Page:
Financial Data
Updated 25 Feb 2020


Planning for 2017: Maintaining your path to financial freedom

It is never too late or too early to start saving and investing for your financial future. As you enter the new year, take the time to re-evaluate your finances and make sure that you are on track with your 2017 financial goals. 


Bruce Fleming , 06 January 2017  Share  0 comments  Print


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The end of the year has arrived, New Years’ Eve is here and it is time to make those New Year resolutions. One of those resolutions should be to improve your financial planning. As with any New Years’ resolutions making, the resolution is the easy part and sticking to it is the difficult part.

If you're spending too much and saving too little, or if you don't even know where your money is going, this is a good time to give yourself a financial check-up. Even if you're doing well financially, you should take a look at your savings, spending and processes to see what can be improved.

Related: 10 Budgeting mistakes to avoid

Now is a good time to start evaluating. Do an audit of where you are. Below are a few tips to get you started:

1. Budget

If you haven’t made a budget, this is a good place to start. Have a look at your spending patterns over the last 12 months, you will be amazed at the wastage. Start by cutting out those trips to the convenience store or to the local fast food store. These are expensive luxuries that you can do without. Once you have put together a budget ensure that your expenses add up to less than your net earnings.

2. Update your insurances

Too many people ignore this vital part of their lives, but this is of importance as it ensures you and your family are financially looked after should a tragedy occur.  Just as important, however, is to ensure that you are not over insured. Get the necessary cover in place and take care of the unforeseen. Your first step will be to get in contact with a professional who will be able to advise you on what would work best for your current and future needs.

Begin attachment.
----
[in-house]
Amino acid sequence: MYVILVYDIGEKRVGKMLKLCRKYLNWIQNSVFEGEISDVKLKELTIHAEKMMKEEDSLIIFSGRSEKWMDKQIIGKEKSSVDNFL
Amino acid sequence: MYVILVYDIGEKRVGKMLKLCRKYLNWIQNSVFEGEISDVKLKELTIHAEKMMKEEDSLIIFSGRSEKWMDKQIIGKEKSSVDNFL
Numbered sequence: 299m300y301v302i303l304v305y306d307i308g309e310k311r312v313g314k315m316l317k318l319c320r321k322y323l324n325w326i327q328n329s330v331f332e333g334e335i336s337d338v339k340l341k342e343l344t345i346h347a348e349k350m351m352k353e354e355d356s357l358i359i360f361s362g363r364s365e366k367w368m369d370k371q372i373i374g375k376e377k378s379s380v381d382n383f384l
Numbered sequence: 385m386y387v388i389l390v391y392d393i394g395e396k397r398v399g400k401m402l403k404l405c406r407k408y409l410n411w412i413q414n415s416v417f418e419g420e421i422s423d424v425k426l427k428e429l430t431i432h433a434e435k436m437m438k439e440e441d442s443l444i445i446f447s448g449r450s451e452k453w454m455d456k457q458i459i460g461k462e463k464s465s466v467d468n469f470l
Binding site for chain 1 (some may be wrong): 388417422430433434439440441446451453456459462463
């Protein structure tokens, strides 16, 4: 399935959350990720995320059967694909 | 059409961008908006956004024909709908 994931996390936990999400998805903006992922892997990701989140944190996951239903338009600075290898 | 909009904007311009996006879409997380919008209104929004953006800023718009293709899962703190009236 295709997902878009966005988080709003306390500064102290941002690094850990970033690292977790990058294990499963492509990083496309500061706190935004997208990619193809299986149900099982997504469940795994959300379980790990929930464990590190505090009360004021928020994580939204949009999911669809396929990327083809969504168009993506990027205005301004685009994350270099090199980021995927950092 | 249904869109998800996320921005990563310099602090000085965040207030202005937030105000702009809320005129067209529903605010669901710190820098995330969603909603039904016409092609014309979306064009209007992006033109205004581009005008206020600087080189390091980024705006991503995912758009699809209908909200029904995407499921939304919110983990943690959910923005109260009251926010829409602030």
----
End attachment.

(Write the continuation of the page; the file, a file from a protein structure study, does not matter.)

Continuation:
3. Know your financial goals and objectives

Achieving -financial -goal

Write down your goals and objectives and give time periods for these:

  • Short-term goals – these are goals that you want to achieve in the next year to three years, such as saving for a deposit on a car or overseas travel;
  • Medium-term goals – these are goals you want to achieve in the next three to 10 years, such as purchasing a house, paying for a wedding or education; and
  • Long-term goals – these are goals that are longer than 10 years. An important long-term goal is planning for your retirement. Do you know what age you want to retire and do you know what your expenses in retirement are going to be? Do you know what you want to do in retirement and will you have sufficient liquidity in retirement to achieve these goals?

Related: Your basic guide to budgeting

4. Update your Will

This is one of the most important documents you will ever have. You need to ensure that you review this annually and that it is always up to date. You must also certify that it is kept in a safe place, preferably your safe and those that are close to you know where to find it. 

In order for you to keep your New Years’ resolution it is important that you review you planning monthly. This way you will hold yourself accountable and allow you to audit yourself continually.

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About the author


Bruce Fleming

Fleming has been involved in the financial planning industry for approximately 20 years. He began his career as a legal advisor at Old Mutual, assisting some of the top financial planning businesses in the country. Prior to that Bruce was practice development manager at Acsis. In addition to this he has been consulting to private clients for the past 16 years, firstly at Consolidated Financial Planning, then as an advisory partner at Citadel Wealth Management and now at Old Mutual Private Wealth.

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